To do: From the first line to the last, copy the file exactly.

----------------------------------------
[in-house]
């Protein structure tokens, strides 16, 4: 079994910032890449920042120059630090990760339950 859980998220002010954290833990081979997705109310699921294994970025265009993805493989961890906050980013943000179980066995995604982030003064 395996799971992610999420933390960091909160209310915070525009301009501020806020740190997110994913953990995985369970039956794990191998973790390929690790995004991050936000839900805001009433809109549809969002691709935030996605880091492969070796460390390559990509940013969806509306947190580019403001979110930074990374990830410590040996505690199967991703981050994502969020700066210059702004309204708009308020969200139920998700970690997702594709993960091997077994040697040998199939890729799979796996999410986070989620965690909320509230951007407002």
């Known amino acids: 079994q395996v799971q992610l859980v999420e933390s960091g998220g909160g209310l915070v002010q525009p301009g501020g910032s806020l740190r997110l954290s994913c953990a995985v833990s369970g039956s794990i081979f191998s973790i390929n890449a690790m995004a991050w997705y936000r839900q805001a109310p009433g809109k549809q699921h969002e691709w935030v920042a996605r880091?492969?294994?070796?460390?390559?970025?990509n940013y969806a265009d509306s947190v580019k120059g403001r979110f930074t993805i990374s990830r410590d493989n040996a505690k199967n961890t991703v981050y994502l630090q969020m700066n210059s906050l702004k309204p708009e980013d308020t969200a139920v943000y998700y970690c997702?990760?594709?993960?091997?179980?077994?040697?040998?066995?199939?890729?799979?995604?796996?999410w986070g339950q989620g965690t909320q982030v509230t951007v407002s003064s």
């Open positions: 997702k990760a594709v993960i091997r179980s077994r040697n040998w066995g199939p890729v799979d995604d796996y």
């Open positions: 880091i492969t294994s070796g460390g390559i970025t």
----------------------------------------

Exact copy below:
[in-house]
């Protein structure tokens, strides 16, 4: 079994910032890449920042120059630090990760339950 859980998220002010954290833990081979997705109310699921294994970025265009993805493989961890906050980013943000179980066995995604982030003064 395996799971992610999420933390960091909160209310915070525009301009501020806020740190997110994913953990995985369970039956794990191998973790390929690790995004991050936000839900805001009433809109549809969002691709935030996605880091492969070796460390390559990509940013969806509306947190580019403001979110930074990374990830410590040996505690199967991703981050994502969020700066210059702004309204708009308020969200139920998700970690997702594709993960091997077994040697040998199939890729799979796996999410986070989620965690909320509230951007407002």
């Known amino acids: 079994q395996v799971q992610l859980v999420e933390s960091g998220g909160g209310l915070v002010q525009p301009g501020g910032s806020l740190r997110l954290s994913c953990a995985v833990s369970g039956s794990i081979f191998s973790i390929n890449a690790m995004a991050w997705y936000r839900q805001a109310p009433g809109k549809q699921h969002e691709w935030v920042a996605r880091?492969?294994?070796?460390?390559?970025?990509n940013y969806a265009d509306s947190v580019k120059g403001r979110f930074t993805i990374s990830r410590d493989n040996a505690k199967n961890t991703v981050y994502l630090q969020m700066n210059s906050l702004k309204p708009e980013d308020t969200a139920v943000y998700y970690c997702?990760?594709?993960?091997?179980?077994?040697?040998?066995?199939?890729?799979?995604?796996?999410w986070g339950q989620g965690t909320q982030v509230t951007v407002s003064s």
């Open positions: 997702k990760a594709v993960i091997r179980s077994r040697n040998w066995g199939p890729v799979d995604d796996y």
């Open positions: 880091i492969t294994s070796g460390g390559i970025t």